Training Managers to be Cross Culturally Sensitive Essay
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Cultural sensitiveness is an important part of modern management practices in the world of business today. With the brink of globalization in the current system of life of the human society today, it could not be denied that there are many reasons for managers to adjust their system of dealing with their professional duties as major controllers of the human resources of several organizations in the society today. Gone are the days when they simply have to deal with individual-based diversity (Morgan 1998).
Today, more than simple individual differences, managers have to consider cultural values of the people as well. Being sensitive about these particular aspects is a certain leap towards development for managers of the current society.
Human issues are probably the hardest issues of diversity that should be dealt with today. With the clashing of cultural values between people from different nations because of the effects of globalization within the current system of things, the past issues of human relationship had both been increased in possibilities of being resolved or even the possibilities being worsened.
This could be judged through the process of management that is applied towards the values of the said diversified society of business organizations today.
Being sensitive to this aspect of human development shall make it easier for the managers to have better understanding of their responsibility. Understandably, the system of management should be more concerned on how the values of the people being controlled are being provided by the authorities. This is primarily to satisfy their values and their levels of wants and demands of being respected as humans who have their own personal guidelines of being individually satisfied from their works through the ways that they are being treated by their authorities (Nelson-Neuhaus 2004).
Why is being sensitive about the matter of culture necessary? Moving into a new social environment is a very challenging matter. First, since the destination is a new place and full of new people, critical adaptation and socialization are greatly required to be able to adjust to the change of society (Dalton 2002). One must learn the cultural pattern and social standards of the new society to be able to blend in and adapt.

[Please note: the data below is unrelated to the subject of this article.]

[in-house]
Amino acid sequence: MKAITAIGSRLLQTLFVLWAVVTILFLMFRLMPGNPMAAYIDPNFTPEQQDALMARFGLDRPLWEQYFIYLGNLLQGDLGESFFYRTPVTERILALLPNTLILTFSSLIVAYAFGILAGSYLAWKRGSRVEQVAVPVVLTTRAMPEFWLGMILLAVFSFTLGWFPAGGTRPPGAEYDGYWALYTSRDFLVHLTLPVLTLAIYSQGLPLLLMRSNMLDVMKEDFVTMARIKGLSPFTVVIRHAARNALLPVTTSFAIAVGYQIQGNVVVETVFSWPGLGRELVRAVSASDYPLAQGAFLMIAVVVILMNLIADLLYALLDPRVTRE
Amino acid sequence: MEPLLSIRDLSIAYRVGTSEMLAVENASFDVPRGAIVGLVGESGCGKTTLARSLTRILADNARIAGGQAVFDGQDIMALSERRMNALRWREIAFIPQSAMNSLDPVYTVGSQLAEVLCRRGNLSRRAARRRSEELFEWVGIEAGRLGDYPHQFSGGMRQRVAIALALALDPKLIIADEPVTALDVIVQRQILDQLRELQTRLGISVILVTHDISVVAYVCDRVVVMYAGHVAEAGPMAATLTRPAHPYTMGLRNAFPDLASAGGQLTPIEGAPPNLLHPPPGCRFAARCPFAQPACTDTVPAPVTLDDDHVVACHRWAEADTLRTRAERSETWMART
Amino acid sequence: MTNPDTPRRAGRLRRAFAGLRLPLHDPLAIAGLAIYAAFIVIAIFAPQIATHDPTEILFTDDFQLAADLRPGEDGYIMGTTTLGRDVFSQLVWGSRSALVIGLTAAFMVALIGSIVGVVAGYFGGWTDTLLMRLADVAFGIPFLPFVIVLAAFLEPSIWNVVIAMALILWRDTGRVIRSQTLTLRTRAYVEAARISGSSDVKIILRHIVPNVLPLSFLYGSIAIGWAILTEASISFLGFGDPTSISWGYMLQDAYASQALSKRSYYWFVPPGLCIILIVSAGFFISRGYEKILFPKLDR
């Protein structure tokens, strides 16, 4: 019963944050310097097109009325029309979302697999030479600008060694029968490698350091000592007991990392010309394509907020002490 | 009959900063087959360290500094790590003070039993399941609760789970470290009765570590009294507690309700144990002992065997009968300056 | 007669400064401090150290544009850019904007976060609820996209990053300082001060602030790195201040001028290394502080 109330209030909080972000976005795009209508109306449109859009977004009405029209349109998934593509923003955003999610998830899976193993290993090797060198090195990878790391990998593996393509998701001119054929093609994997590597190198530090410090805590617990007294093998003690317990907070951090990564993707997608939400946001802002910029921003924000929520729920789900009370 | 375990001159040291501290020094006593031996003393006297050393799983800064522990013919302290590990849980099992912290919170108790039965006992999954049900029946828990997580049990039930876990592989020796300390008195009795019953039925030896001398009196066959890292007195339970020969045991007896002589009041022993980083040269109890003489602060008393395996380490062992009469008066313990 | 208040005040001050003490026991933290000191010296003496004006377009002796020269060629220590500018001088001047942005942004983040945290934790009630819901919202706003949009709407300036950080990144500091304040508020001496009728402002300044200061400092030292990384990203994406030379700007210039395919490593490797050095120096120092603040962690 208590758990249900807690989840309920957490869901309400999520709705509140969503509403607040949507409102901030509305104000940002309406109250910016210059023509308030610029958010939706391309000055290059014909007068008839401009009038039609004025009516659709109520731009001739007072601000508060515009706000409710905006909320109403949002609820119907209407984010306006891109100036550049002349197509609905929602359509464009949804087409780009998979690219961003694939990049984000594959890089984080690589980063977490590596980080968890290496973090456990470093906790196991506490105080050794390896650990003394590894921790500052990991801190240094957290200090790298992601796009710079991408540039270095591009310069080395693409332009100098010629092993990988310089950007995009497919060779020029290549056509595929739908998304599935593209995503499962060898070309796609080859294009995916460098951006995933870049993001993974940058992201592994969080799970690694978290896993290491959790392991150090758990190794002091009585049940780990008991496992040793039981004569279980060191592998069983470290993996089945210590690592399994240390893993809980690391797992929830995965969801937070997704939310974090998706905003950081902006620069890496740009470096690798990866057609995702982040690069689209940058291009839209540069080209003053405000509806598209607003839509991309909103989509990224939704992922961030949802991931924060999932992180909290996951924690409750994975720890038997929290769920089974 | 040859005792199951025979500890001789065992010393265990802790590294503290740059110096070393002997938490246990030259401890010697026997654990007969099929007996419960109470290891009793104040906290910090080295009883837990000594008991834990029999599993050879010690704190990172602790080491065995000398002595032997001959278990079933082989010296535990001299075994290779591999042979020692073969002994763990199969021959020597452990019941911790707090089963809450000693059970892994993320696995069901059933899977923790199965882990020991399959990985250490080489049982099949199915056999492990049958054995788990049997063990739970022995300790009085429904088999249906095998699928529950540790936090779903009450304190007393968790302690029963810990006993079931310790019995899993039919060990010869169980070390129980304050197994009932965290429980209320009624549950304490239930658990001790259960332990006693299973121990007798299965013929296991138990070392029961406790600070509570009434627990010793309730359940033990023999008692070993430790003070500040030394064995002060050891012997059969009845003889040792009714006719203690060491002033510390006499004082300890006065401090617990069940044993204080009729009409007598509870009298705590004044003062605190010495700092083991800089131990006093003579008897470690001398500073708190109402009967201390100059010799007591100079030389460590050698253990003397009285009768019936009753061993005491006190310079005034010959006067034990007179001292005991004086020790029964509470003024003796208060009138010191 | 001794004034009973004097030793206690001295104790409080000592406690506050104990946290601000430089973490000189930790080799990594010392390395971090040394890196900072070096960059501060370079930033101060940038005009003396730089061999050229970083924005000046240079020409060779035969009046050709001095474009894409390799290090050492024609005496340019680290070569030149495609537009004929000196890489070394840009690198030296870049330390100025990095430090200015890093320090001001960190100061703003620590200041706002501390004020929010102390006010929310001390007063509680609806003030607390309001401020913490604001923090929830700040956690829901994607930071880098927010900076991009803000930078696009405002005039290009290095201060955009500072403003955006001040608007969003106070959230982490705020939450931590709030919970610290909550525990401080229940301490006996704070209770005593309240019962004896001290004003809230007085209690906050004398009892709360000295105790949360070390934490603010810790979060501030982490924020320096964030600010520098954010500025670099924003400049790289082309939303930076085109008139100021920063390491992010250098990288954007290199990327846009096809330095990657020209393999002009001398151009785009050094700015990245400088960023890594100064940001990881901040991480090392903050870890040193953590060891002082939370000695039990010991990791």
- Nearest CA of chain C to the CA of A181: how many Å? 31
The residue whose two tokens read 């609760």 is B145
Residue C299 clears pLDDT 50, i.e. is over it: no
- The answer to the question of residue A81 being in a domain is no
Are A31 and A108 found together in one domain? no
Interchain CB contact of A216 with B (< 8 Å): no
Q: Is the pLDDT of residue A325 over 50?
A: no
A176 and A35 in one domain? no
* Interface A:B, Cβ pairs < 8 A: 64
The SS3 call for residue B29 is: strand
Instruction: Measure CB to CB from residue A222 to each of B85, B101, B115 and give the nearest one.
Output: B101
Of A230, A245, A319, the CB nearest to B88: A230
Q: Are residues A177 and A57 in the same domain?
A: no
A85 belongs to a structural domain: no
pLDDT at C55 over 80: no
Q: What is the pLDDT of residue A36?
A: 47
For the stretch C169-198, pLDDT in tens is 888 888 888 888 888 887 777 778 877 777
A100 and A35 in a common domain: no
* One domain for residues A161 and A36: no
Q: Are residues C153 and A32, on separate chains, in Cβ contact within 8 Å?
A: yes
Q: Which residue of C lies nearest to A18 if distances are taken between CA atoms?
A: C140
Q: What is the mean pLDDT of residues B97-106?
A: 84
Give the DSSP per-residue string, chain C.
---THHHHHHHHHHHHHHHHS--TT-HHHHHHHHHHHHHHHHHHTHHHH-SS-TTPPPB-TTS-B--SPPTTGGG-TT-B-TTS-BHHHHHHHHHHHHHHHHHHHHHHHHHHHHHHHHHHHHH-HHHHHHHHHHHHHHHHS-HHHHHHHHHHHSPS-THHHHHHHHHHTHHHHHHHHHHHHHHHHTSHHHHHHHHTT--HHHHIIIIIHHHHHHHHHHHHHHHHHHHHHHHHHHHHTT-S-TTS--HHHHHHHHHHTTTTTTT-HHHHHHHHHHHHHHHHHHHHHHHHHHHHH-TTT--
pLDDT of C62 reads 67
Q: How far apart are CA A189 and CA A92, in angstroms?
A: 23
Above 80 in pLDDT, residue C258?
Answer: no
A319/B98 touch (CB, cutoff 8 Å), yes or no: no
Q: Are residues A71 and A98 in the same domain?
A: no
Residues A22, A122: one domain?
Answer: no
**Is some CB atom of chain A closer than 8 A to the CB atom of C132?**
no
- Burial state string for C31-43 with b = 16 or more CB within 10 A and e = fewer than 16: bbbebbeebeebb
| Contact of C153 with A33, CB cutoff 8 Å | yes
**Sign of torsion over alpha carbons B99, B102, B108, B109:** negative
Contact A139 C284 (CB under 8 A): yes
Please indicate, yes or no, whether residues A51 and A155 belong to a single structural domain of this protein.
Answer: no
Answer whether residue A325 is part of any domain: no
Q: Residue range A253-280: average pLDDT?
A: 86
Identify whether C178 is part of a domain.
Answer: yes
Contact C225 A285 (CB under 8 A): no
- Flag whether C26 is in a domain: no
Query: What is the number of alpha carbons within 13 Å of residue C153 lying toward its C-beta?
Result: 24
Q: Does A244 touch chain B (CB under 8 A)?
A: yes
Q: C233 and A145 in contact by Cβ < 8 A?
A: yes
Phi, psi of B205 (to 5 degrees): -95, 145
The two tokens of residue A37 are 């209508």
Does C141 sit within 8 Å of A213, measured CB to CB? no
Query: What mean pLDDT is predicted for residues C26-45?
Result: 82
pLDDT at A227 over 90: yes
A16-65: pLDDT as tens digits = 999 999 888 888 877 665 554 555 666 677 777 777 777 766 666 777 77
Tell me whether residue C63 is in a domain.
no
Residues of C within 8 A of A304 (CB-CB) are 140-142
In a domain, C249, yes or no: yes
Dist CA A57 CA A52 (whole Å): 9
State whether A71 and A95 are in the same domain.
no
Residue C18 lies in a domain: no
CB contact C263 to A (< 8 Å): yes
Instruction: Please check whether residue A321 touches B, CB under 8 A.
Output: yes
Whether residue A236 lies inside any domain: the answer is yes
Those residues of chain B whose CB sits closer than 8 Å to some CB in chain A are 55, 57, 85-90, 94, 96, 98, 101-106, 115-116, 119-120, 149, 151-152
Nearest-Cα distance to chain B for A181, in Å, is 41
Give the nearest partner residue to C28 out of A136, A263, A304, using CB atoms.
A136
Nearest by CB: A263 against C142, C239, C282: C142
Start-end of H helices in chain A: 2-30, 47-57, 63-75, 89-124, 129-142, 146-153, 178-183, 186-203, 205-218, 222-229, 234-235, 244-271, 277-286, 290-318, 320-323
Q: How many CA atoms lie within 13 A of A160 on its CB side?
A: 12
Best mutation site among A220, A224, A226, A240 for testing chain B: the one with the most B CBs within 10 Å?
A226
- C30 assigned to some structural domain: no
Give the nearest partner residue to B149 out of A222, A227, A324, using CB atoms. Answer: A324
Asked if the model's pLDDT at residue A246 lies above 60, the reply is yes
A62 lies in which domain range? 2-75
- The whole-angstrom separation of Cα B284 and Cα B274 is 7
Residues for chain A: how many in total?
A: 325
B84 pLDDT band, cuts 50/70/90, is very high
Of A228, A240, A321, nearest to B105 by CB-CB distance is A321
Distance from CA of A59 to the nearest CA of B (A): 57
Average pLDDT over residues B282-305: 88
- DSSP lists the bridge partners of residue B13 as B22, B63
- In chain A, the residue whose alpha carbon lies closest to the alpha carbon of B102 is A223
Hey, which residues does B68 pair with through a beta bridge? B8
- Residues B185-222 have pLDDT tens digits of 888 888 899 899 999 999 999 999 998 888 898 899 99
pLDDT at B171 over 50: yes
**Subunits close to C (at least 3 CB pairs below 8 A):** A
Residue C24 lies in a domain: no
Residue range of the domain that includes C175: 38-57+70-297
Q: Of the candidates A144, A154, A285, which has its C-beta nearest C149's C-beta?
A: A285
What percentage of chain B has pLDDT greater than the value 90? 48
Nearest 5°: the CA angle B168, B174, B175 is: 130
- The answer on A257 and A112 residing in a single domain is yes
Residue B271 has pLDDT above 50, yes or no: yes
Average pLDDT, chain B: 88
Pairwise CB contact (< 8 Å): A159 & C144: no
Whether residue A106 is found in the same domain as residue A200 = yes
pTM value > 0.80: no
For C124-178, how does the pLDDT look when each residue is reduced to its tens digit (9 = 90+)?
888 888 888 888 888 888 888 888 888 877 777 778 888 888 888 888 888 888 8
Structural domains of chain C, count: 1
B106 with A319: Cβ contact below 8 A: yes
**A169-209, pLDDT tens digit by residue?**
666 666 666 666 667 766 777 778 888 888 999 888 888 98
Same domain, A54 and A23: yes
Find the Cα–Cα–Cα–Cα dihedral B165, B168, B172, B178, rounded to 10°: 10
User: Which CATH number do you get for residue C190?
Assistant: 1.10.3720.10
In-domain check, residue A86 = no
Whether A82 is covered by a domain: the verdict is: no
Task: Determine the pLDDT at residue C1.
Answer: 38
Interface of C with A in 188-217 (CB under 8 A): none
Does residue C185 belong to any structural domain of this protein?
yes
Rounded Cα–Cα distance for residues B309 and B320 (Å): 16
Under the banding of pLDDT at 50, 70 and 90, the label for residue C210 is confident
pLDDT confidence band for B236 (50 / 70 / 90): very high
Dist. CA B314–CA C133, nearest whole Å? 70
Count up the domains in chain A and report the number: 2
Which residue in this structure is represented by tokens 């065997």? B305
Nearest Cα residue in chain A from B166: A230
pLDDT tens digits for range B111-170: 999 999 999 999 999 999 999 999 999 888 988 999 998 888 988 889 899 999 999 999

This idea is greatly relevant to the case of an expatriate employee of a certain company, which is already becoming a main concern for the business society. Many cases of an expatriate employee already resulted to resignation due to staggering problems brought by the socialization process (Keough, 453-459). Thus to address this social dilemma, socialization of a new person mainly an expatriate employee must be given concern especially the communication strategies that are relevant to the process.
Certainly, training managers to be cross culturally sensitive in this matter is a serious task to take into consideration. How then are the procedures supposed to be dealt with? First, the realization of diversity should be implemented thus helping the individuals concerned take full charge of their duty when the issue comes to becoming highly involved in a multicultural working environment.
Next is the implementation of normalizing rules. As managers, these individuals should realize that they are in power to put an end to the dilemma that may be caused by human differences at work. Thirdly, making the managers competent enough in handling such cases of cultural diversity lies in the understanding of he said individuals of the fact that humans are indeed in different measures of both cultural and personal diversity that should be fully recognized by everyone especially at work so as to be able to establish a lot more responsive environment at work.
Keough, Colleen M. (1998). The Case of Aggrieved Expatriate. Management Communications Quarterly. MCQ. Volume 11 (3), pp 452-459. http://cbae.nmsu.edu/~dboje/papers/ExpatriateCase.html#The%20Case. January 3, 2008.
Eileen Morgan. (1998). Navigating Cross-Cultural Ethics: What Global Managers Do Right to Keep From Going Wrong .Butterworth-Heinemann.
Kristie J. Nelson-Neuhaus. (2004). Successful Manager’s Handbook: Develop Yourself, Coach Others. ePredix, Inc.; 7th edition.
Stephen H. Rhinesmith. (1996). Managers Guide To Globalization: Six Skills for Success in a Changing World. McGraw-Hill.
Maxine Dalton. (2002). Success for the New Global Manager: How to Work Across Distances, Countries, and Cultures. Jossey-Bass; 1 edition.